skip navigation

PUBLICATIONS

Register for Latest Research

Stay Informed
Register with NCJRS to receive NCJRS's biweekly e-newsletter JUSTINFO and additional periodic emails from NCJRS and the NCJRS federal sponsors that highlight the latest research published or sponsored by the Office of Justice Programs.

NCJRS Abstract

The document referenced below is part of the NCJRS Virtual Library collection. To conduct further searches of the collection, visit the Virtual Library. See the Obtain Documents page for direction on how to access resources online, via mail, through interlibrary loans, or in a local library.

 

NCJ Number: 120043 Find in a Library
Title: Corrections in the People's Republic of China (From Social Control in the People's Republic of China, P 159-166, 1989, Ronald J. Troyer, John P. Clark, et al, eds. - See NCJ-120034)
Author(s): D H Bracey
Date Published: 1989
Page Count: 8
Sponsoring Agency: Praeger Publishers
Westport, CT 06881
Sale Source: Praeger Publishers
88 Post Road West
Westport, CT 06881
United States of America
Type: Survey (Cross-Cultural)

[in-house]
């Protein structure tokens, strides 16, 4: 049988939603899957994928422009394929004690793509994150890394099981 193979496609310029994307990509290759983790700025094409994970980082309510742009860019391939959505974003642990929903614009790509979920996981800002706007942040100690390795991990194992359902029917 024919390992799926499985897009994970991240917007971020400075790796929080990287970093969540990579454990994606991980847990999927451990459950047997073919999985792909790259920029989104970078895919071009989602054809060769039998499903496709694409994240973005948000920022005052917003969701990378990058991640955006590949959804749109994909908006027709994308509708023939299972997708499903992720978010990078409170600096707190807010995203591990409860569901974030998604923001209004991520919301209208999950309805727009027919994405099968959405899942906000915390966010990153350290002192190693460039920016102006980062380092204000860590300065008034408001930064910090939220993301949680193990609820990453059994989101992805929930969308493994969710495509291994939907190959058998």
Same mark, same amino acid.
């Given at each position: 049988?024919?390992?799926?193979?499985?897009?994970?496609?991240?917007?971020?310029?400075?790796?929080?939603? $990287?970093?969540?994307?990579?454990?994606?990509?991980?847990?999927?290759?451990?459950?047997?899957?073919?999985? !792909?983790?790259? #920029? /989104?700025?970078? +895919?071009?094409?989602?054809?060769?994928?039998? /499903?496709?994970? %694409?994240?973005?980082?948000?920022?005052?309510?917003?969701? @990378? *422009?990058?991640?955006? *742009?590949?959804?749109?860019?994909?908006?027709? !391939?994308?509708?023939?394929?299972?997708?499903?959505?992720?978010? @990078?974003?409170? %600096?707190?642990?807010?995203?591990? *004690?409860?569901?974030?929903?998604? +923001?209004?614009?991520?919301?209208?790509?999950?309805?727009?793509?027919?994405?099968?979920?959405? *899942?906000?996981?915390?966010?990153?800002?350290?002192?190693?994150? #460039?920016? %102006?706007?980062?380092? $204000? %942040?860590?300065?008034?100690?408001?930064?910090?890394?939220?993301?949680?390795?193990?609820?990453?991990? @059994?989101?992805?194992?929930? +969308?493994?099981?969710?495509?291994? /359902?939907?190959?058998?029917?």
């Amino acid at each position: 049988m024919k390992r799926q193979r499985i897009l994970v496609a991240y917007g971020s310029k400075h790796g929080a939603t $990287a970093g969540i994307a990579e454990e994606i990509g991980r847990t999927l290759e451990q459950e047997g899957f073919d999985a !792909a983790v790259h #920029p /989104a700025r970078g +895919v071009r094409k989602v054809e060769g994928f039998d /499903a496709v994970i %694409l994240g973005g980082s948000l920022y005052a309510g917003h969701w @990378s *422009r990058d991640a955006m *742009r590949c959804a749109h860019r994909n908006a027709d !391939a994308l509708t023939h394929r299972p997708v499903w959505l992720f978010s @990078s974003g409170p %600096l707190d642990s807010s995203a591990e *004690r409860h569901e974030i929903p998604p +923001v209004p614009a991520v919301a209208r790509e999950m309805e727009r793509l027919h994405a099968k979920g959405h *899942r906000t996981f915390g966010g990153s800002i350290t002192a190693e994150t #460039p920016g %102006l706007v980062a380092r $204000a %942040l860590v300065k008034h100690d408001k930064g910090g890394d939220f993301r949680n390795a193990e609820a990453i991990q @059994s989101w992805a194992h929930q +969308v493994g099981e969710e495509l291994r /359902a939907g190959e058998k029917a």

Language: English
Country: United States of America
Annotation: The correctional system of the People's Republic of China rests on the belief that people are basically good, that education is the best method for reforming both systems and individuals, and that people can change throughout their lives.
Abstract: Thus, corrections officials deny ever having encountered an offender who could not be rehabilitated and regard recidivism as failures of the correctional system rather than as cases of individual intractability. Therefore, the correctional system remolds offenders by combining productive labor with education and political training. Recidivism is estimated at 3 to 5 percent for adults and 8 percent for juveniles. In addition, the basic belief that minor deviance leads to major deviance underlies the active role taken by family, neighbors, workmates, teachers, and local officials in controlling individual behavior. These approaches are used both for juvenile and adult offenders.
Main Term(s): Foreign correctional systems
Index Term(s): China; Corrections policies; Rehabilitation
To cite this abstract, use the following link:
http://www.ncjrs.gov/App/publications/abstract.aspx?ID=120043

*A link to the full-text document is provided whenever possible. For documents not available online, a link to the publisher's website is provided. Tell us how you use the NCJRS Library and Abstracts Database - send us your feedback.